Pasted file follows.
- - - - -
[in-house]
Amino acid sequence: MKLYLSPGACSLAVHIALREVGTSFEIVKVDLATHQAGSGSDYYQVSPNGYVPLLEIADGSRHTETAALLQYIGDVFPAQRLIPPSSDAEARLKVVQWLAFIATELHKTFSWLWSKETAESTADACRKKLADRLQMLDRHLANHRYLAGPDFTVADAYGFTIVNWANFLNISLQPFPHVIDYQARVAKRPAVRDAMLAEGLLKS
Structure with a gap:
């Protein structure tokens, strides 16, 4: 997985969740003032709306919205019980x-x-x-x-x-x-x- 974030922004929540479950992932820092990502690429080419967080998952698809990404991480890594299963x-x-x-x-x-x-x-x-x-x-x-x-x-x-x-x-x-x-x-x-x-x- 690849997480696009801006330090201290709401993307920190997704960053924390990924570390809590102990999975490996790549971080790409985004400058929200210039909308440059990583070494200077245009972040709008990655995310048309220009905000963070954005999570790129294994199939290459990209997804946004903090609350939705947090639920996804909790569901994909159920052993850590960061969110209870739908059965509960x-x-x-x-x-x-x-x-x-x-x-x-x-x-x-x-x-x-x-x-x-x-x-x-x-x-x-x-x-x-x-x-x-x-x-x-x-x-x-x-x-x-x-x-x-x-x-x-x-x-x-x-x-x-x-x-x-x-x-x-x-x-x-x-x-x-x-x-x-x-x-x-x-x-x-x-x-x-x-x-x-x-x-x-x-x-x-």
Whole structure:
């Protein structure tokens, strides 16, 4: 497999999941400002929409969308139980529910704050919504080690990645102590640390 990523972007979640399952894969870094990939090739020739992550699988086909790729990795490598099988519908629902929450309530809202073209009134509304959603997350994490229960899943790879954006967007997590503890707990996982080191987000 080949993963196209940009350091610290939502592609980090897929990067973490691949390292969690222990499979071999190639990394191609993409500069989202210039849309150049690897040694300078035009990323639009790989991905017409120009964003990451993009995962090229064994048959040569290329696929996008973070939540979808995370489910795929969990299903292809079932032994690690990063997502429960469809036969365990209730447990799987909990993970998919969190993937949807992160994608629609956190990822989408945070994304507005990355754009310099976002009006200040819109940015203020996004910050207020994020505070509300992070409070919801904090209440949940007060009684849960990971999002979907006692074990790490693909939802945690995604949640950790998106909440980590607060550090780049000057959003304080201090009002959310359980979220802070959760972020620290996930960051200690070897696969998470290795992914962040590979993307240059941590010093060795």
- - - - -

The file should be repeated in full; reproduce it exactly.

[in-house]
Amino acid sequence: MKLYLSPGACSLAVHIALREVGTSFEIVKVDLATHQAGSGSDYYQVSPNGYVPLLEIADGSRHTETAALLQYIGDVFPAQRLIPPSSDAEARLKVVQWLAFIATELHKTFSWLWSKETAESTADACRKKLADRLQMLDRHLANHRYLAGPDFTVADAYGFTIVNWANFLNISLQPFPHVIDYQARVAKRPAVRDAMLAEGLLKS
Structure with a gap:
């Protein structure tokens, strides 16, 4: 997985969740003032709306919205019980x-x-x-x-x-x-x- 974030922004929540479950992932820092990502690429080419967080998952698809990404991480890594299963x-x-x-x-x-x-x-x-x-x-x-x-x-x-x-x-x-x-x-x-x-x- 690849997480696009801006330090201290709401993307920190997704960053924390990924570390809590102990999975490996790549971080790409985004400058929200210039909308440059990583070494200077245009972040709008990655995310048309220009905000963070954005999570790129294994199939290459990209997804946004903090609350939705947090639920996804909790569901994909159920052993850590960061969110209870739908059965509960x-x-x-x-x-x-x-x-x-x-x-x-x-x-x-x-x-x-x-x-x-x-x-x-x-x-x-x-x-x-x-x-x-x-x-x-x-x-x-x-x-x-x-x-x-x-x-x-x-x-x-x-x-x-x-x-x-x-x-x-x-x-x-x-x-x-x-x-x-x-x-x-x-x-x-x-x-x-x-x-x-x-x-x-x-x-x-």
Whole structure:
């Protein structure tokens, strides 16, 4: 497999999941400002929409969308139980529910704050919504080690990645102590640390 990523972007979640399952894969870094990939090739020739992550699988086909790729990795490598099988519908629902929450309530809202073209009134509304959603997350994490229960899943790879954006967007997590503890707990996982080191987000 080949993963196209940009350091610290939502592609980090897929990067973490691949390292969690222990499979071999190639990394191609993409500069989202210039849309150049690897040694300078035009990323639009790989991905017409120009964003990451993009995962090229064994048959040569290329696929996008973070939540979808995370489910795929969990299903292809079932032994690690990063997502429960469809036969365990209730447990799987909990993970998919969190993937949807992160994608629609956190990822989408945070994304507005990355754009310099976002009006200040819109940015203020996004910050207020994020505070509300992070409070919801904090209440949940007060009684849960990971999002979907006692074990790490693909939802945690995604949640950790998106909440980590607060550090780049000057959003304080201090009002959310359980979220802070959760972020620290996930960051200690070897696969998470290795992914962040590979993307240059941590010093060795």